Too many wind farms, the need for better council services and the cost of living are the main concerns of Berwickshire residents
A total of 1200 people across Berwickshire were sent a Household Survey 2013 to find out what their views of life in the Scottish Borders. A total of 37 per cent filled it in and sent it back, letting the council, health authority, police and fire and rescue service know how well they think these services are doing and what residents want the public bodies to focus on.
After answering the questionnaire, the Borders residents who were selected to take part in the survey were asked for any additional comments and the one issue that came up more often than any other across the whole region was wind farms - 26.6 per cent of Berwickshire residents saying there were too many and they were ruining the landscape.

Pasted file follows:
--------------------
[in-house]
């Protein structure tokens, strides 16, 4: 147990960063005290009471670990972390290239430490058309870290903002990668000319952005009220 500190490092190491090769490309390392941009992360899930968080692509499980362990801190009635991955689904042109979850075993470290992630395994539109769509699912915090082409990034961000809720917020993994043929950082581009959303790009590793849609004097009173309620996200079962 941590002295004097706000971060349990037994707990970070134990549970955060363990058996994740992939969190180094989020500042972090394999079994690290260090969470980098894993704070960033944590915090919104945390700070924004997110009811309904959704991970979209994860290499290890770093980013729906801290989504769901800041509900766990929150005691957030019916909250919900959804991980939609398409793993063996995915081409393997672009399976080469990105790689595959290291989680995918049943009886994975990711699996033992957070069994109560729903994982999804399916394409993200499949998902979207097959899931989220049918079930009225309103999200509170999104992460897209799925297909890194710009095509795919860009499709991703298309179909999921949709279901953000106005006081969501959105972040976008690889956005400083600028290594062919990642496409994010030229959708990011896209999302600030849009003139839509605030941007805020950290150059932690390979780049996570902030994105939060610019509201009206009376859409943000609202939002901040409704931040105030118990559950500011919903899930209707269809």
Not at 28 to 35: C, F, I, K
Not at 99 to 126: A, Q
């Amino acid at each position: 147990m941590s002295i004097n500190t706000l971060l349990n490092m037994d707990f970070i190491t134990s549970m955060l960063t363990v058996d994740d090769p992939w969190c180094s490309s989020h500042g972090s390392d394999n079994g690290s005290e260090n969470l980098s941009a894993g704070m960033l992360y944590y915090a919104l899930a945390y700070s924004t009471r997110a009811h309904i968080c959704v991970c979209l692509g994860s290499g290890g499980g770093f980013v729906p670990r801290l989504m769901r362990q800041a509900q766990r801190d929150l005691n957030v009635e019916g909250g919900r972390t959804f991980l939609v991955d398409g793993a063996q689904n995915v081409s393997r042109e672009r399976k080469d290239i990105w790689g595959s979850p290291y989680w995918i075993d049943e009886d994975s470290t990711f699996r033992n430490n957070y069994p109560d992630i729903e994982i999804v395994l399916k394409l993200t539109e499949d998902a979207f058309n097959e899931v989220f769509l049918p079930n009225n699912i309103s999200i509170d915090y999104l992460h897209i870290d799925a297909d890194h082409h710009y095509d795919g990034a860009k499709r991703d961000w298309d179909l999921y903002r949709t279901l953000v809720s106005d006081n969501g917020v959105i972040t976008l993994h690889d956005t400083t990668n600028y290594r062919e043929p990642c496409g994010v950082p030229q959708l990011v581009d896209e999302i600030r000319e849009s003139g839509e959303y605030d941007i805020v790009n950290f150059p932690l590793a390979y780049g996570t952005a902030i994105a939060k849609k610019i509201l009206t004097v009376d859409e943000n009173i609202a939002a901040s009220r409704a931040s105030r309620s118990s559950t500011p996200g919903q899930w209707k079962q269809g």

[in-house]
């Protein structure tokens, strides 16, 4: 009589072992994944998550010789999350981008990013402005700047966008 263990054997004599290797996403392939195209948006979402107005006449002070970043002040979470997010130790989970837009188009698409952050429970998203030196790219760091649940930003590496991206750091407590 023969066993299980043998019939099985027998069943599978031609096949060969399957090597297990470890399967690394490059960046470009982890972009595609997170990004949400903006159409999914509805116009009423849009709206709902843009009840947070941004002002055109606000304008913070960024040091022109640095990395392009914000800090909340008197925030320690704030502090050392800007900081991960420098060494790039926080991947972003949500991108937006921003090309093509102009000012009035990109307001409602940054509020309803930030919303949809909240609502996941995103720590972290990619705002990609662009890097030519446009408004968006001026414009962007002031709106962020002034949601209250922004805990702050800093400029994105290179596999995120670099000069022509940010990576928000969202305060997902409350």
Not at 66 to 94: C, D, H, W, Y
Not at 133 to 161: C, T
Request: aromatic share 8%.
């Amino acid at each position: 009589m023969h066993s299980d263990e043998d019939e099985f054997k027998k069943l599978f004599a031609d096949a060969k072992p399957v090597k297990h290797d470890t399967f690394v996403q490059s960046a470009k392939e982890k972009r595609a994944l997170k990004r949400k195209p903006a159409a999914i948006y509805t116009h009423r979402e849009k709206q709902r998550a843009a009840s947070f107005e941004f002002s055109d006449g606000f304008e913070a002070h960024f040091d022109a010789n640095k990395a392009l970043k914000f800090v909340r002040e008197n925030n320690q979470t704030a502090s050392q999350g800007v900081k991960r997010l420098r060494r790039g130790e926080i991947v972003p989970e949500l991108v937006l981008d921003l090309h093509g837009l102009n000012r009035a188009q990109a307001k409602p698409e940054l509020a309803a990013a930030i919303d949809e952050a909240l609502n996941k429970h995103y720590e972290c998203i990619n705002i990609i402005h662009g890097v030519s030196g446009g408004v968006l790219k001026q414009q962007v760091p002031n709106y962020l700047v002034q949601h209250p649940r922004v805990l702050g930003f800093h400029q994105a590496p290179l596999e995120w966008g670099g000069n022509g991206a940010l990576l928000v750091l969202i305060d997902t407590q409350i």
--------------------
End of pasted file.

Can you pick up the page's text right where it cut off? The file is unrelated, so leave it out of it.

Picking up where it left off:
In Berwickshire the general view was that the town’s and village’s streets were clean (almost 80% were satisfied) but when it came to road repairs the satisfaction level dropped to 18%.
The vast majority of people answering the survey felt safe in their own homes and out in the streets (that dropped from 98% during the day to 80% at night) and were generally satisfied with the care they get from NHS Borders.
However, while many may be quick to have an opinion about how things in our communities could be improved, the numbers prepared to actually do anything about it was less than half. The number of Berwickshire people surveyed who would be prepared to get involved in the community resilience programmes, currently being introduced across the region, was 37.3%, 62.7% saying ‘no’ they wouldn’t get involved; the 25-44 year age group the most likely to volunteer. The number of Berwickshire people prepared to do voluntary work in their community was 26.5 per cent.